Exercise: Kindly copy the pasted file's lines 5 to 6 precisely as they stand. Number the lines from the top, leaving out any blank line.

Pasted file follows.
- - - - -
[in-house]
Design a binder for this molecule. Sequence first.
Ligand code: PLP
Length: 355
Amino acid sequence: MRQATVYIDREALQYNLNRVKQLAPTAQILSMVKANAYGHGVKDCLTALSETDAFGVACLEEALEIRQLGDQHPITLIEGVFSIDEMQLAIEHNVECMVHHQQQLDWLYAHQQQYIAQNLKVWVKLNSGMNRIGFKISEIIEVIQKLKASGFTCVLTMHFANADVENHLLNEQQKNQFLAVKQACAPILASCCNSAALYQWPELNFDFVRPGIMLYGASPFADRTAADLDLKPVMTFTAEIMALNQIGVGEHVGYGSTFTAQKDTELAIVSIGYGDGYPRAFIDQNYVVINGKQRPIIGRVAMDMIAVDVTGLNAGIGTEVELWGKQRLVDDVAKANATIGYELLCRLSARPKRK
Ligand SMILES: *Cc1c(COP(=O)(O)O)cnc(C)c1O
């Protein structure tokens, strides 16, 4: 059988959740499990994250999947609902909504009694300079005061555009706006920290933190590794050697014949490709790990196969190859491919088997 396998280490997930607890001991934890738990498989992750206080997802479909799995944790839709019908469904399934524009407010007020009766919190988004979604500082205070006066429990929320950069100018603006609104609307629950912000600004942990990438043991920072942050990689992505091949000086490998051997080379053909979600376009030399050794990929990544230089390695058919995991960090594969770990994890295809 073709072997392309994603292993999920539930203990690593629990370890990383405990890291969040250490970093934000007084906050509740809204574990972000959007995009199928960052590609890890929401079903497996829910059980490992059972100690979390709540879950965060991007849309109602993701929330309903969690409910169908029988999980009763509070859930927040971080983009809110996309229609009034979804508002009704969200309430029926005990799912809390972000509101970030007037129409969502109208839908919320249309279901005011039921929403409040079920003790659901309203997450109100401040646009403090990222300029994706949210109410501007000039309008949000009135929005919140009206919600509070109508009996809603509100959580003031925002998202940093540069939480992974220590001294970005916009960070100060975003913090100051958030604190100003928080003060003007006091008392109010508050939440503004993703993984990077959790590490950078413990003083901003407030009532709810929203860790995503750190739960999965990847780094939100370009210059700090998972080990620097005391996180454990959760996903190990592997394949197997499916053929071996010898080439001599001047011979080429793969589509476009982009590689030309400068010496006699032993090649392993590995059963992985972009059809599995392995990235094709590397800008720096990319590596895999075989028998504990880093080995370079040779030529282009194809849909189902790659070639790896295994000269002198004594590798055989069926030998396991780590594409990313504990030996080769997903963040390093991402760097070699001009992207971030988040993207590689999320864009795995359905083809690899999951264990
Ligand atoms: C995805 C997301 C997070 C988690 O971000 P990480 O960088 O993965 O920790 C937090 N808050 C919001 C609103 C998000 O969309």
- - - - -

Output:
Amino acid sequence: MRQATVYIDREALQYNLNRVKQLAPTAQILSMVKANAYGHGVKDCLTALSETDAFGVACLEEALEIRQLGDQHPITLIEGVFSIDEMQLAIEHNVECMVHHQQQLDWLYAHQQQYIAQNLKVWVKLNSGMNRIGFKISEIIEVIQKLKASGFTCVLTMHFANADVENHLLNEQQKNQFLAVKQACAPILASCCNSAALYQWPELNFDFVRPGIMLYGASPFADRTAADLDLKPVMTFTAEIMALNQIGVGEHVGYGSTFTAQKDTELAIVSIGYGDGYPRAFIDQNYVVINGKQRPIIGRVAMDMIAVDVTGLNAGIGTEVELWGKQRLVDDVAKANATIGYELLCRLSARPKRK
Ligand SMILES: *Cc1c(COP(=O)(O)O)cnc(C)c1O